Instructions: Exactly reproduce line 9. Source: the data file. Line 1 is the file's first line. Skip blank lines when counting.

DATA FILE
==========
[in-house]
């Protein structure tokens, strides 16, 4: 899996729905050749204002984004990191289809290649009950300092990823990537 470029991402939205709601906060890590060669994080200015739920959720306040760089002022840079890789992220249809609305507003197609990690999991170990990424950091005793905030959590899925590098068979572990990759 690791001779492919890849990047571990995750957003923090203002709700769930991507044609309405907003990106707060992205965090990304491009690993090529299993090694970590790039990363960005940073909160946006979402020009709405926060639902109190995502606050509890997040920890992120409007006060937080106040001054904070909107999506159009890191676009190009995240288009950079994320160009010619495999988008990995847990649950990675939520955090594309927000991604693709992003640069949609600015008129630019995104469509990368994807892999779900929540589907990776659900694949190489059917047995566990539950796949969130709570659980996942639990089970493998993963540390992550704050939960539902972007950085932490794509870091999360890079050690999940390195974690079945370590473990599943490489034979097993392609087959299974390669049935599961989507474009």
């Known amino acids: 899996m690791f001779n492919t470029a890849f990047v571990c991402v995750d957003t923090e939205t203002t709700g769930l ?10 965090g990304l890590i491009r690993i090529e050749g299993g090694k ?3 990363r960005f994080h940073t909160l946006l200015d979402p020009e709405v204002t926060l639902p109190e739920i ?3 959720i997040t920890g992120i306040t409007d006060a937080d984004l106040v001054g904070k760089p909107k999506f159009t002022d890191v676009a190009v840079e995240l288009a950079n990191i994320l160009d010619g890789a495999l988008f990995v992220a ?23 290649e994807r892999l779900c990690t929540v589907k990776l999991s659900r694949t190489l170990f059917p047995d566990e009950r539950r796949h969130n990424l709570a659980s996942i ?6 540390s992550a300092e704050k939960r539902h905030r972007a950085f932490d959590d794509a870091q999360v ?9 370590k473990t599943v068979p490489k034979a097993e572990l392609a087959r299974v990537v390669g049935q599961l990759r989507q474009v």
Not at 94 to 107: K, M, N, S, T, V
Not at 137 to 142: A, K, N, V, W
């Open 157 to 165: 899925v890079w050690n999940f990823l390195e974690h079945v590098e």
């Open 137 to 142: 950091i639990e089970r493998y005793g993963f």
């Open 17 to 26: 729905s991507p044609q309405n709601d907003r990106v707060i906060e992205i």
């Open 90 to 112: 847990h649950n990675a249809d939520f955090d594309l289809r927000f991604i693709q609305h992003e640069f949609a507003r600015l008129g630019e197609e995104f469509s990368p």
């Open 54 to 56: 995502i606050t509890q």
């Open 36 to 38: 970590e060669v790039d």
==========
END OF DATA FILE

């Open 90 to 112: 847990h649950n990675a249809d939520f955090d594309l289809r927000f991604i693709q609305h992003e640069f949609a507003r600015l008129g630019e197609e995104f469509s990368p």